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Introduction To Project Orleans

In this article I want to give you a short introduction to Project Orleans.

What is Project Orleans?

Orleans is a product from the eXtreme Computing division at Microsoft Research. It aims to help developers to develop “Cloud Native” services and it is a combination of theories of how you build large distributed applications plus the tooling and framework to make it very simple in practice.

“Orleans targets developers who are not distributed system experts, although our expert customers have found it attractive too” — Orleans Team

What is it really?

Okay, so you kind of know what Orleans is now. It’s some framework and methodology to create mongo bongulos huge systems, like the Halo 4 Presence. But why should I care?

Think of almost every time you are processing data and you use a SyncLock. Or any time you are really thinking of the impact if this code/query would be executed conccurrent while it’s still progressing. Or if you just have a ton of work that needs to run concurrent. Like say parsing incoming messages and in realtime notify other parts of your system.

Say hello to Orleans.IGrain - your new best friend

It’s also known as a .NET Class and Interface.

public class PersonGrain : BaseGrain, IGrain { ... }

In the theories presented by Orleans, you will read a lot about the Actor Model. The Actor model share some of it ideas with the object oriented, self encapsulated model.

“The units of distribution, actors, encapsulating data and computation, are called grains.”

So in Orleans, a grain is just a C# class. That you can fetch by:

var person = await PersonGrainFactory.GetPerson(id);

And then you can call functions on that person:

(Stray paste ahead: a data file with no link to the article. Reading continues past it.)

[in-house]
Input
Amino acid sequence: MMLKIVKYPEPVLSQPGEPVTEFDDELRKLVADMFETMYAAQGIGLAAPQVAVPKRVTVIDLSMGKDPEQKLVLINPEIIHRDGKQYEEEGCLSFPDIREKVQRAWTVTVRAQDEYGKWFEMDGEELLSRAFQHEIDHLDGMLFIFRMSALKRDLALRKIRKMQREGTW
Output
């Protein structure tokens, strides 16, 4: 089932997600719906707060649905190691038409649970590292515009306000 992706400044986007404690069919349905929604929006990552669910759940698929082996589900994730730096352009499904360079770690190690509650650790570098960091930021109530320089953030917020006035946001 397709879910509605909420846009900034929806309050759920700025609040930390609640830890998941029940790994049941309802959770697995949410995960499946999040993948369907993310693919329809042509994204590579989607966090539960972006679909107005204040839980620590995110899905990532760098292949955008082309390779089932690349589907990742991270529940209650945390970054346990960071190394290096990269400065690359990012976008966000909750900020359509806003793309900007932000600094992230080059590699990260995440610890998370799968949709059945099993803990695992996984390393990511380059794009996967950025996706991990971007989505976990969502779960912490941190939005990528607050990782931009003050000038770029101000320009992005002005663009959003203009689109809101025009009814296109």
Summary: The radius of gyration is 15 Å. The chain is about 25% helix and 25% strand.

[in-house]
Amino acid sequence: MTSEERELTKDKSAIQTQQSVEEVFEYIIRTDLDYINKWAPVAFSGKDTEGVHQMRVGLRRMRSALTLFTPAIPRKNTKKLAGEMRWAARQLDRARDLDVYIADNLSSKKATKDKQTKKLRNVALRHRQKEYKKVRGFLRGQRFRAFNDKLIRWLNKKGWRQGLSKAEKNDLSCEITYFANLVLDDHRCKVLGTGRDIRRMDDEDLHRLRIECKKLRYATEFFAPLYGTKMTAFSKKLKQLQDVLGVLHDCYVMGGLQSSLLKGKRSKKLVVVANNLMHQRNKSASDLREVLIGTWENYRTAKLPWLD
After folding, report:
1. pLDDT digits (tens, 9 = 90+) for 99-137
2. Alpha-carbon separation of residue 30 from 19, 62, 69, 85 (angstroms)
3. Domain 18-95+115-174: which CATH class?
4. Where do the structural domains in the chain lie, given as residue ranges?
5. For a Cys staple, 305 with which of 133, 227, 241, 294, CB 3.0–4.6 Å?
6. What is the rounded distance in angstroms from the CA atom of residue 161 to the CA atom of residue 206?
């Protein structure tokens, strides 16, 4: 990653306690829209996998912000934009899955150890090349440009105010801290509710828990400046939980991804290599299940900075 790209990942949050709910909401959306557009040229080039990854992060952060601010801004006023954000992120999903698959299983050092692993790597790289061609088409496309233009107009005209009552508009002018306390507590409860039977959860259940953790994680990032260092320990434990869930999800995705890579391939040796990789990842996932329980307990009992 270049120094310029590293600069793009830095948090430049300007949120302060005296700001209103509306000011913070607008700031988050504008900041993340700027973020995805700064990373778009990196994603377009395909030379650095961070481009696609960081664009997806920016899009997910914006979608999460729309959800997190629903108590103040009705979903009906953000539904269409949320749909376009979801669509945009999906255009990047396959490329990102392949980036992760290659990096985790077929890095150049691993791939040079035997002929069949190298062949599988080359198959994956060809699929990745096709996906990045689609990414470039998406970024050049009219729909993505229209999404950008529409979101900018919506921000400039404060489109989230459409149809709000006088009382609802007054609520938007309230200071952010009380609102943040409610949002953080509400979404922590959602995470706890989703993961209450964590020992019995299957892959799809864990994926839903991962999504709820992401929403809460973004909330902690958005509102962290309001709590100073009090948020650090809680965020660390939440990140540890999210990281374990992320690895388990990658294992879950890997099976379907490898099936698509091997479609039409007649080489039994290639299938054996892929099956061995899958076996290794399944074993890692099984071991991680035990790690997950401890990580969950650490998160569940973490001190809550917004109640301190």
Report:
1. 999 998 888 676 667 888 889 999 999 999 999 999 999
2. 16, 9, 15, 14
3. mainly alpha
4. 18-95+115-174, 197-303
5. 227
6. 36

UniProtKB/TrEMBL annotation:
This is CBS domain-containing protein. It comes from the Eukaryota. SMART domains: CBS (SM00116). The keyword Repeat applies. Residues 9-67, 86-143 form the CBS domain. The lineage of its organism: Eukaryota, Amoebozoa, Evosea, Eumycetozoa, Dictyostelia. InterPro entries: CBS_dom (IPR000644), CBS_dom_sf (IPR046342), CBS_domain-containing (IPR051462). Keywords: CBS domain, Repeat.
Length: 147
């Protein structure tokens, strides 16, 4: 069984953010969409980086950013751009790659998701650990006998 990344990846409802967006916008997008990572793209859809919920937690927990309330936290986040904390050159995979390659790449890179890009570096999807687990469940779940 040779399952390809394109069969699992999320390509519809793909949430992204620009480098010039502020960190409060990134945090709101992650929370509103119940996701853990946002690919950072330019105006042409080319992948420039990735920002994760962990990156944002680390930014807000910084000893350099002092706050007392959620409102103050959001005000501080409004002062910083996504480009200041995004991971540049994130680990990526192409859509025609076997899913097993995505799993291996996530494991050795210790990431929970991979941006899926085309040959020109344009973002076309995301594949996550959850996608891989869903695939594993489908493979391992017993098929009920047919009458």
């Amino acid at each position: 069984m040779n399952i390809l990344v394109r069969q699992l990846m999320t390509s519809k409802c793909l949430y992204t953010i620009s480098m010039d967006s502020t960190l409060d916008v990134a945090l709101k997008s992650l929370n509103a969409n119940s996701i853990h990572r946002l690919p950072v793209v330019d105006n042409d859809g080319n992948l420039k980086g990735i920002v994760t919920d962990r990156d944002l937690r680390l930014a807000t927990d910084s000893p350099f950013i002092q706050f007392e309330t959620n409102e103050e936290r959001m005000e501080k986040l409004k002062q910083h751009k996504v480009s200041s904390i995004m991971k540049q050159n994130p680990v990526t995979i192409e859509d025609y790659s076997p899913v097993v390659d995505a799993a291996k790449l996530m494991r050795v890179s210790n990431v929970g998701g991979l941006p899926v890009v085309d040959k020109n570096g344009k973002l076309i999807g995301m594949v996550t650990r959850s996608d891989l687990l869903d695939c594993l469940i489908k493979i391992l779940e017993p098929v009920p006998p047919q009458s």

var report = await person.ComputeYourExpenseReportFromYourStoredData();
await person.UpdateYourManagerWithNewExpenseReport(report);

Here is the interesting part. The Class Person - do not live where you write this code. This code might be in your MVC-Controller or WebForm BtnClick handler, but ComputeYourExpenseReport is actually running on another server. It could be running on 1 of your 100 servers. You wouldn’t care. It’s just running. It’s just ORLEANS. You don’t have to know where to execute this, or if it’s already running if anyone else have already requested this.

A Grain is single threaded. That means that even if multiple web requests asks to compute that report it will be done sequentially, avoiding concurrency lockings and other very problematic situations.

You still can’t explain Orleans to your friend, right?

Think of it like this:

A Grain is somewhat like a cache with behaviour, which is always available as if it would be in memory and you do not have to worry about concurrency

It looks liks it’s just calling some function on some class that is already instantiated in managed memory with data — but in fact it’s running code on another machine in a cluster which handles it’s own state and concurrency.

So Why Orleans? Because if you are not a well faired distributed system expert, building a distributed, scaleable or concurrent system is quite hard. And it is very hard when you combine all three words at the same time.

Follow the white rabbit.

Expect more articles on Orleans from me in the near future.